The global annual average sea level change is another valuable metric. By including the non-steric component (i.e. glacial melt), however, this complicates its interpretation as you noted.
I am glad you reconfirmed the quality of the ocean data from 2005 on.
The value of your upper ocean data in terms of global warming is that time slices can be used to estimate the global average radiative forcing between the time slices. There is no need to decadal and longer term data to assess this forcing.
Interannual and decadal variability, of course, are important issues to explain the observations. However, the value of the heat change between time slices provides the observed global average radiative forcing over this time period (within the limitations of the uncertainty of the observations).
I agree that the time period of really accurate upper ocean heat data is relatively short. However, in my view, from 2005 forward indefinitely, this should become the primary global warming metric.
Since you have confirmed the robustness of this data from 2005 onwards, we can use this to compare with the models. Since the heating is, at most, quite muted compared with the models from 2005 to 2008, there must be enhanced warming in the coming few years to compensate. This should be a critical metric to follow.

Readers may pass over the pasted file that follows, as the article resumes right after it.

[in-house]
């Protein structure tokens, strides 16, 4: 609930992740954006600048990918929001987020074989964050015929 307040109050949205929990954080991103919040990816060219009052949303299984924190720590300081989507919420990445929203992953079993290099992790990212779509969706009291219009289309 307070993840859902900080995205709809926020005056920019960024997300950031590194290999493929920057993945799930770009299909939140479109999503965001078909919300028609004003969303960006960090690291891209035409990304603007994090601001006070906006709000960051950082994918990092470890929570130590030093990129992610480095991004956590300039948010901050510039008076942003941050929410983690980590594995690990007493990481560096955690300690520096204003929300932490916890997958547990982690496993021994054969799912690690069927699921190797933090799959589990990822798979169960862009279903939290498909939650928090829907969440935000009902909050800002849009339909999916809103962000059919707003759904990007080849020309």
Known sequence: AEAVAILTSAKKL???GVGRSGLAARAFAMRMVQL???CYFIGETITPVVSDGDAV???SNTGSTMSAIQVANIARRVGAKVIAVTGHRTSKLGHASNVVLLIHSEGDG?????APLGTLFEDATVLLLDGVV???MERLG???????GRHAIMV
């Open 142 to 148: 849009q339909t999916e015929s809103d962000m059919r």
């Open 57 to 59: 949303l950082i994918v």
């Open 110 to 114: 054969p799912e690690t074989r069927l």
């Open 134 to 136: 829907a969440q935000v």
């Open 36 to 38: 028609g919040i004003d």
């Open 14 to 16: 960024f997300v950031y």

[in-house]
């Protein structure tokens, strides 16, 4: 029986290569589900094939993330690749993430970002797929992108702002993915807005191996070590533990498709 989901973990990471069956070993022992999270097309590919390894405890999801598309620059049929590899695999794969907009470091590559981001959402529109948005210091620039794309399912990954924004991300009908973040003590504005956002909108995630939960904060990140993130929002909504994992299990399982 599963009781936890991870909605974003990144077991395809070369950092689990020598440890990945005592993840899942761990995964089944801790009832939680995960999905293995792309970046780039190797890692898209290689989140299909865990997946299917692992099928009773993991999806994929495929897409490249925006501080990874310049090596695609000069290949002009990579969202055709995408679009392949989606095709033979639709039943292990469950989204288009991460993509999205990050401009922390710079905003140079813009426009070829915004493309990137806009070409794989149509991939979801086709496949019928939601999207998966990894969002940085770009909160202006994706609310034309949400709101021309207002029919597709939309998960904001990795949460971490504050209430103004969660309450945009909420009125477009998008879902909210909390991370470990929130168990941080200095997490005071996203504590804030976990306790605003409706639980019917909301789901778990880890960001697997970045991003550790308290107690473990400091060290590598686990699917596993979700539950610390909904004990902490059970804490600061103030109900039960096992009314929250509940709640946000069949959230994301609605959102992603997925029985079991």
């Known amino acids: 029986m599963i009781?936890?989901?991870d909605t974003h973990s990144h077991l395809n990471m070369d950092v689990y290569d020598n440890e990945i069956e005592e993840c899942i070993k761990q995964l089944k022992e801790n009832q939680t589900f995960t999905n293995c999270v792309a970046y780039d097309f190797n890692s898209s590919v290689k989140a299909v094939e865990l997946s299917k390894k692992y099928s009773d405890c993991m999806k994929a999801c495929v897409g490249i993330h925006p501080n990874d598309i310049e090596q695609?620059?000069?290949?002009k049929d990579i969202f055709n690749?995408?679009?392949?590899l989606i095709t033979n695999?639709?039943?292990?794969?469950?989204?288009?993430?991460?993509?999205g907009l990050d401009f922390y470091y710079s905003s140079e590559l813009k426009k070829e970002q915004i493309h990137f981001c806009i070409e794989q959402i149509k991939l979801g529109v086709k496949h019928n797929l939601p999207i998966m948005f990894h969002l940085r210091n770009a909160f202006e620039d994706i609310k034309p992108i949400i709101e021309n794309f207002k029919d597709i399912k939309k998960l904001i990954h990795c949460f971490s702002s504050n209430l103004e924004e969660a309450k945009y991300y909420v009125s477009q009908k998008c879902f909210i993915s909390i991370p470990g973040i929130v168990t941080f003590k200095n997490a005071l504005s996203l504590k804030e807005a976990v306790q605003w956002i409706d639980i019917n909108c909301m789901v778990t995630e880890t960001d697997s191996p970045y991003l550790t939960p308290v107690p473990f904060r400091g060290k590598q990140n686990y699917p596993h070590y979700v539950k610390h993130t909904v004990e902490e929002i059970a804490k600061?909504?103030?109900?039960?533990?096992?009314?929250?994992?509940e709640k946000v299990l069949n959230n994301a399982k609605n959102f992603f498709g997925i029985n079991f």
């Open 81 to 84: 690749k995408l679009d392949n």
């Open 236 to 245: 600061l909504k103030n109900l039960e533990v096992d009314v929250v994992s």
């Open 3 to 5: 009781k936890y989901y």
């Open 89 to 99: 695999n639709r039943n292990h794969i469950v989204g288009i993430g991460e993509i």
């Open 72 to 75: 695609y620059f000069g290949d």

There are two relevant papers that you may find useful:
Christy, J.R., Herman, B., Pielke, R., Sr., Klotzbach, P., McNider, R.T., Hnilo, J.J., Spencer, R.W., Chase, T., and Douglass, D. What Do Observational Datasets Say about Modeled Tropospheric Temperature Trends since 1979?. Remote Sens. 2010, 2, 2148-2169.
R. S. Knox, David H. Douglass 2010: Recent energy balance of Earth. International Journal of Geosciences, 2010, vol. 1, no. 3 (November) ā.. In press doi:10.4236/ijg2010.00000.
Any comments you have would be valuable.
Finally, what would be a very valuable product when this data is updated this Fall is the upper ocean (or total ocean) heat content changes in Joules (and diagnosed global average radiative imbalance in Watts per meter squared) from the 2005 average (this annual averaged time slice) to the 2009 average time slice (or as far up to the present as possible in 2010) along with the uncertainty estimates. This should a metric that is presented in as near real time as possible (as a running annual average anomaly)